We’ve been there. We know what you’re facing and we know how to help.As we’ve built, launched and grown almost 400 online communities to date and observed the industry of online communities grow over the last ten years, we’ve learned a thing or two along the way. We’ve seen what works, what doesn’t and what the consistent trends are that spell success, and what the consistent trends are that spell failure. We have collated some of our learning and here, we’ll present to you the pitfalls we’ve observed over the years in order to save you from doing the same. Whether you become a client of ours some day or not, we care about you and don’t want you to make these mistakes! Simply fill out the form below to download our resource guide, entitled: 5 Devastating Mistakes That Can Lead To Online Community Failure.
Data aging is an issue that we see quite frequently inside of our business communities. When you’re capturing data from your Professional Community system, how quickly are you able to analyze and act on that data? Do you have a process in place for reviewing and learning from your data? It is your data after all, and that’s why you have your own Community system in place instead of using public platforms. Too often, the analysis comes back from the data team a week or two after being pulled, and your insights are longer actionable, or if they are actionable, their potency is dramatically reduced. Read more about it in this article on Big Data by Amanda Reinhart, published on Business2Community.com. The article leans heavily on information pulled from SAP HANA. Enjoy!
Anymore, we’ve come to take for granted the lifecycle of business data. One system captures the particulars of a sales order, a trouble ticket or countless other information that business professionals need to do their job – only to have to wait while separate analytics systems on separate platforms make sense of the data. It’s just how it’s worked for as long as anyone can remember. A recent survey by IDC, in fact, found that over 40% of IT advisers required more than two days to prepare financial data for reporting. Amazingly, the same survey found that “the majority of business users found the slow and fragmented nature of their data systems to be perfectly OK.” [Read more…]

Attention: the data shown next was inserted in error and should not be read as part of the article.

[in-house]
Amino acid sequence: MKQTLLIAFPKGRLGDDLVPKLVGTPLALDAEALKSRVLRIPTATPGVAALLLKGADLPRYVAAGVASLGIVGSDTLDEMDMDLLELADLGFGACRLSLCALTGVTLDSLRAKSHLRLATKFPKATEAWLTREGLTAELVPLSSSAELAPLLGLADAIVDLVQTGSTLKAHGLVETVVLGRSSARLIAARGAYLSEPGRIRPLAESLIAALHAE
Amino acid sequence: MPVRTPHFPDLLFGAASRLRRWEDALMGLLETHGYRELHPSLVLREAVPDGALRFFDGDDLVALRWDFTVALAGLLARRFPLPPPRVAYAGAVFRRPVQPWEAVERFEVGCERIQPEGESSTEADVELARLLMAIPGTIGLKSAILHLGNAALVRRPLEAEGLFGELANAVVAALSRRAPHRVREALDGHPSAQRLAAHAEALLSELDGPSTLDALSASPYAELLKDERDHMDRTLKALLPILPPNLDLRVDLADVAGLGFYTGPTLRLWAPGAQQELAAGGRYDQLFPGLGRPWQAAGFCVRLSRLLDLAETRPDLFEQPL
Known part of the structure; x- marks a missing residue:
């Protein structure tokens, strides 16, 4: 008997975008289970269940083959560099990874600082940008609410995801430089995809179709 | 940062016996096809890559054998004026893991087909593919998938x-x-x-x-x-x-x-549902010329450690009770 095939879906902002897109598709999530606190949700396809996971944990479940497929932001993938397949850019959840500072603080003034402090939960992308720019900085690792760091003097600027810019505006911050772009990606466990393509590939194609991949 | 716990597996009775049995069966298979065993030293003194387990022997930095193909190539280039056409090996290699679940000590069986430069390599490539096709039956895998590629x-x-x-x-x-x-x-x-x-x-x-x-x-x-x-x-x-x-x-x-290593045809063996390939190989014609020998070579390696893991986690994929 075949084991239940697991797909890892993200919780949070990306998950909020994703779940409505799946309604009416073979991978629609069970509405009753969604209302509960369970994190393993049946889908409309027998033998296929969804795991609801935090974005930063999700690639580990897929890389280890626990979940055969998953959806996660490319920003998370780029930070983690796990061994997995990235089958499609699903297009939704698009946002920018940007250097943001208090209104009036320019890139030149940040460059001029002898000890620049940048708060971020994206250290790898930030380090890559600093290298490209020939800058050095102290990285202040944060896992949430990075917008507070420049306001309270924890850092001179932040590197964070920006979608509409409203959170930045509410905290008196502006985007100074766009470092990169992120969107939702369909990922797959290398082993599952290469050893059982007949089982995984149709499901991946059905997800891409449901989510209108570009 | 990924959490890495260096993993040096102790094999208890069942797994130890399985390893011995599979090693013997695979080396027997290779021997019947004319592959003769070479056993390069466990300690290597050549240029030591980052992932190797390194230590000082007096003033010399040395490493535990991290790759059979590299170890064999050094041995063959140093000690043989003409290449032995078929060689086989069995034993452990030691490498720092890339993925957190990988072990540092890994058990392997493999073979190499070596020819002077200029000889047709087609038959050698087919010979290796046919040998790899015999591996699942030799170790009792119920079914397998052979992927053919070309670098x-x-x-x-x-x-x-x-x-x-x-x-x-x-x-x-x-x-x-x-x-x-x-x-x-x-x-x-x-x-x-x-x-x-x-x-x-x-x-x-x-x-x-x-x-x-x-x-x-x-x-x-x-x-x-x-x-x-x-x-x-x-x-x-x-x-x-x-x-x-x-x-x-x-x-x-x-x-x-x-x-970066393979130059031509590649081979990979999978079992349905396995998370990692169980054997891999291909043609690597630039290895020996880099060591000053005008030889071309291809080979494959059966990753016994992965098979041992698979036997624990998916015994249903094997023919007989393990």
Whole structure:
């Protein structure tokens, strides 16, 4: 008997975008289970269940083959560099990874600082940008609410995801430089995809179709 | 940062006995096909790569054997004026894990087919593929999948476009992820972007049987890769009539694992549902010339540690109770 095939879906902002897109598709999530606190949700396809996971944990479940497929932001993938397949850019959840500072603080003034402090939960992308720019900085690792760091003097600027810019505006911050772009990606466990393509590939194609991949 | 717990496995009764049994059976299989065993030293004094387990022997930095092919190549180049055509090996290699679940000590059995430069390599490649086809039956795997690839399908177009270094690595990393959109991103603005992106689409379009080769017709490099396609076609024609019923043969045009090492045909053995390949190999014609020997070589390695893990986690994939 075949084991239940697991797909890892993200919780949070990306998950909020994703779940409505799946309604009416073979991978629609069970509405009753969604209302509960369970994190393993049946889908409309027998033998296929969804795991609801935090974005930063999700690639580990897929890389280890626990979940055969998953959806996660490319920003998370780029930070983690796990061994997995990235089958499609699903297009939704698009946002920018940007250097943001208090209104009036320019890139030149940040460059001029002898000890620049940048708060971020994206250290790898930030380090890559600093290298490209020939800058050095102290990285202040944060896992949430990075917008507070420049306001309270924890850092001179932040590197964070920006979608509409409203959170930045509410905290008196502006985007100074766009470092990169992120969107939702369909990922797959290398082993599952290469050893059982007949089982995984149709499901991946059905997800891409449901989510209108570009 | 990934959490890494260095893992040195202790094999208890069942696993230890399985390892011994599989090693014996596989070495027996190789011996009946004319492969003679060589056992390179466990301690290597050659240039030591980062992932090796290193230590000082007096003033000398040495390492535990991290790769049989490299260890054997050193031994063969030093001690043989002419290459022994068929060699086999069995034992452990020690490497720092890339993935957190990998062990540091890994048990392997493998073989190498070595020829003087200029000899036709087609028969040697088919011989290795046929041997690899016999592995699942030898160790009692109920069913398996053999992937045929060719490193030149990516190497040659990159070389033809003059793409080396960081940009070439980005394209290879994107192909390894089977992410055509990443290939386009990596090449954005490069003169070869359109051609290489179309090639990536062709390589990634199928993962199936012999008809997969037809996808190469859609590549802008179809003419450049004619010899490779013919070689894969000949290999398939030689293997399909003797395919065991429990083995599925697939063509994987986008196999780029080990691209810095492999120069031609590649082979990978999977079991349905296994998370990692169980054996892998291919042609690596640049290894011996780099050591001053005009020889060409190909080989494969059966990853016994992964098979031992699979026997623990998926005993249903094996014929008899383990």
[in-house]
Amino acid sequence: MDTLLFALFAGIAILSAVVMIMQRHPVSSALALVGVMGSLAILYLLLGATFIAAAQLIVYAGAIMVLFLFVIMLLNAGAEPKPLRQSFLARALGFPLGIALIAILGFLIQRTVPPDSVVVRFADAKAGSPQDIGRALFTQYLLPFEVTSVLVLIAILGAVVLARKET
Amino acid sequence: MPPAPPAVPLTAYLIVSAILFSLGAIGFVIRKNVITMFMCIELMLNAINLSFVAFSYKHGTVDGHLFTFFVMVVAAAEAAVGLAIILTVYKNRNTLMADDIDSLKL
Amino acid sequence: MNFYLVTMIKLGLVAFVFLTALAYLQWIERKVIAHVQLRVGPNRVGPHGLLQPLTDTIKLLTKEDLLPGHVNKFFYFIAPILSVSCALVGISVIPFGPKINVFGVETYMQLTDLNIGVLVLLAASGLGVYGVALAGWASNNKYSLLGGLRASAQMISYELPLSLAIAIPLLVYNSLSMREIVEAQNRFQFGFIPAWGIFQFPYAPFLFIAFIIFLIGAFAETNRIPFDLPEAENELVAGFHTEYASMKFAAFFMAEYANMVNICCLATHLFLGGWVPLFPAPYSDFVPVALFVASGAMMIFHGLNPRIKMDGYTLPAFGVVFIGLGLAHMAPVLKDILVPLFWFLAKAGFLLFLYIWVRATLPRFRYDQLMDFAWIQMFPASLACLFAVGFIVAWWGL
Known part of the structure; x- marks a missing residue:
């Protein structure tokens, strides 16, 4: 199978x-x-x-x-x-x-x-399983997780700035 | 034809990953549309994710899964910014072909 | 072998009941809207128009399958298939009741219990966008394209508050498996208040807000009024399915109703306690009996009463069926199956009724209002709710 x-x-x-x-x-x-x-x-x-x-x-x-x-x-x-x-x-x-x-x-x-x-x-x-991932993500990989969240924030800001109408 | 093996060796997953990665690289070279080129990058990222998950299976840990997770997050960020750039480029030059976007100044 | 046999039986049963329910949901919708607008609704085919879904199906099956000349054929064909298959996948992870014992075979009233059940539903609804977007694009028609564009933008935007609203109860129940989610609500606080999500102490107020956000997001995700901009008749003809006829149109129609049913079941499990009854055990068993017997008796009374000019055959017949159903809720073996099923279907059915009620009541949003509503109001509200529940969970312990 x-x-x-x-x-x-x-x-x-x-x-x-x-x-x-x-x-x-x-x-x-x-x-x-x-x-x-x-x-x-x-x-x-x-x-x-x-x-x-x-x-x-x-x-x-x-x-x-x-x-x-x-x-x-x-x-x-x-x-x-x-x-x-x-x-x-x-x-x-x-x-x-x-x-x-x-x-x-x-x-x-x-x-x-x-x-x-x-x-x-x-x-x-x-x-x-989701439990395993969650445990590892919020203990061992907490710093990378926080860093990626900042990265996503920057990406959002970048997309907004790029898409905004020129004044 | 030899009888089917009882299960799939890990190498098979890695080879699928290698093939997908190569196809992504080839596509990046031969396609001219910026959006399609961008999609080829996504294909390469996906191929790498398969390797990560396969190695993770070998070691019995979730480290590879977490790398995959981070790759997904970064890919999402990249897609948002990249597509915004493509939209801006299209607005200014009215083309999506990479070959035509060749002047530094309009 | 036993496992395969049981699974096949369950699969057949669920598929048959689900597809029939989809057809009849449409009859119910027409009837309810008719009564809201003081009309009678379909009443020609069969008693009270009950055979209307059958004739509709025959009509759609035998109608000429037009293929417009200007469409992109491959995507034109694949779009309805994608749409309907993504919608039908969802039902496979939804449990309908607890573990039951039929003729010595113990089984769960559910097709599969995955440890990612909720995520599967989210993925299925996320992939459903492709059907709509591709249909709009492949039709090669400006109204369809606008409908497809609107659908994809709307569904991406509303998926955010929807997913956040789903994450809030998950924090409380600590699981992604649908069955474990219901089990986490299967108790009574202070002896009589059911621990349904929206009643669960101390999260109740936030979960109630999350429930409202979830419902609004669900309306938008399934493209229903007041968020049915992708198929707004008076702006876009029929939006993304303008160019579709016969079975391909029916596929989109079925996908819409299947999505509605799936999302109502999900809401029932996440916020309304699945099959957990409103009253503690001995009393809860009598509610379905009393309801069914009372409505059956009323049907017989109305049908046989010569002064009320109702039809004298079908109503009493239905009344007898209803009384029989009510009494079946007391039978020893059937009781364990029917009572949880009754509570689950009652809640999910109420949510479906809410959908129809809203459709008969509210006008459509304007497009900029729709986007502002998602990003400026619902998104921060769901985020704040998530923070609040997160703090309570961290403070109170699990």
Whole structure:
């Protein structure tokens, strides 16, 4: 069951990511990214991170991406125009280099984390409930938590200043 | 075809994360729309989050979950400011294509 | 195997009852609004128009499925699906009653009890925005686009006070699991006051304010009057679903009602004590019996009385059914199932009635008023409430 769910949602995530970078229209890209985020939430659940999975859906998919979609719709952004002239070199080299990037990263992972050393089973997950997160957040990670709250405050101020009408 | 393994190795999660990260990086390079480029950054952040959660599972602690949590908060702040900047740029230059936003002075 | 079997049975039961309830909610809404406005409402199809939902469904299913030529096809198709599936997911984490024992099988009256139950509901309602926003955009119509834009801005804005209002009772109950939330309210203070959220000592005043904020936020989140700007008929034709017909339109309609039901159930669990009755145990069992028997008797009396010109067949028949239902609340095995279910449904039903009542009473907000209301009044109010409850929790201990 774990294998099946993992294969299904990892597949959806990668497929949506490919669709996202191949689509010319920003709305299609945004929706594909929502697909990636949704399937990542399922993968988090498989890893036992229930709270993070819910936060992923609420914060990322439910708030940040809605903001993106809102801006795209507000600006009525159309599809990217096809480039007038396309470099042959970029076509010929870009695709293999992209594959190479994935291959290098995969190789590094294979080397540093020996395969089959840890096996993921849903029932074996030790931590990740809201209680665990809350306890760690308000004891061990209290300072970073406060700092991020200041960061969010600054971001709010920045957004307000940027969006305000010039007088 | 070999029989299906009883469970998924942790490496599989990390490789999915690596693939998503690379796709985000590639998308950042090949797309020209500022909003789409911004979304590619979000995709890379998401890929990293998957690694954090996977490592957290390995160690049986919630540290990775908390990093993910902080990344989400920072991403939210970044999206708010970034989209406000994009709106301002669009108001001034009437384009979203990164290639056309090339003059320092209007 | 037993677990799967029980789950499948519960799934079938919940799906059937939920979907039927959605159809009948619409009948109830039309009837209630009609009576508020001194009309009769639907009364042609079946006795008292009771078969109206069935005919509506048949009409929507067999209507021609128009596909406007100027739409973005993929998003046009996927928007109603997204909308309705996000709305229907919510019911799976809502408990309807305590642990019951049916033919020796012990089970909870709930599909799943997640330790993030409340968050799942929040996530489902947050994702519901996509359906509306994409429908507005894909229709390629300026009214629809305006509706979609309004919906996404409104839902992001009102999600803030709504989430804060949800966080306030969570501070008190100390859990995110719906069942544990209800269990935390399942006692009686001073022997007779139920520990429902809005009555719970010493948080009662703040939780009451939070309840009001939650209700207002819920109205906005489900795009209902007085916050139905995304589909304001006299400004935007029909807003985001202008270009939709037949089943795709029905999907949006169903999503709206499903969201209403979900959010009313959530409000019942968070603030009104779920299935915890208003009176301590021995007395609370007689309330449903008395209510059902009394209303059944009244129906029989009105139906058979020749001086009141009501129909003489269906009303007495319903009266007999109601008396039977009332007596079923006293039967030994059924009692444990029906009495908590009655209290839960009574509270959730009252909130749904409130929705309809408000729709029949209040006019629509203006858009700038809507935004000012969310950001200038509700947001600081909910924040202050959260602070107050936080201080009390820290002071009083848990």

So you are going to be a Community Manager? Now what? Where do you start? How do you maximize the excitement and energy you have when beginning any new journey? I have been in several sessions the past few weeks with people that know that they need a Community and I’m there to help with the strategy, design, roll-out and what they should expect to invest in time and effort. Of course the question is always asked,
“How much time should we expect to spend managing the Community?” The answer is, “It depends.”I often use the analogy of designing and planting a new garden. You would not expect it to do well if you never watered or weeded it. You may choose to spend 15 minutes a week, or an hour a day. It depends on how much the garden and it’s beauty means to you. You can think about your online Community in much the same way, you will get out of it what you put in to it. That being said, it’s always good to see what other gardeners are doing, check out the yards in your neighborhood to see what’s working, what’s not, and mirror the best for yourself. So, when I think about where would I go looking for information on best Community Manager practices, of course I go to @TheCR and @RHappe for answers. And within 5 minutes of me tweeting today, I was pointed to several links that I want to share. These are fantastic for first timers and for those that think maybe they could be doing a better job with their existing Community. This was the first link they sent. This is a great deck that Rachel prepared and thankfully, Slideshare makes it easy for me to post it here for you to read:
There were several other links that @TheCR sent in a flurry of tweets after I posted my initial question. You can find more materials about Building Community Strategy here. I love this post called Your Journey as running a robust online Community truly is a journey.
We’d love to hear your thoughts about how you are managing your Community, please leave a comment below. If you’d like help in formulating a Community Strategy and think you are ready to have a conversation, let us know. We’re here to help you as sherpas along your journey.
Thanks again to @RHappe and @TheCR for all of the work they do to help organizations craft and manage their Communities, it really helps all of us.
In this talk from UCTV to the University of California Santa Barbara Technology Management Program students, CEO Mark Sylvester explains the history of the company, the problem the company set out to solve and how the Visual Matching Engine works in practice.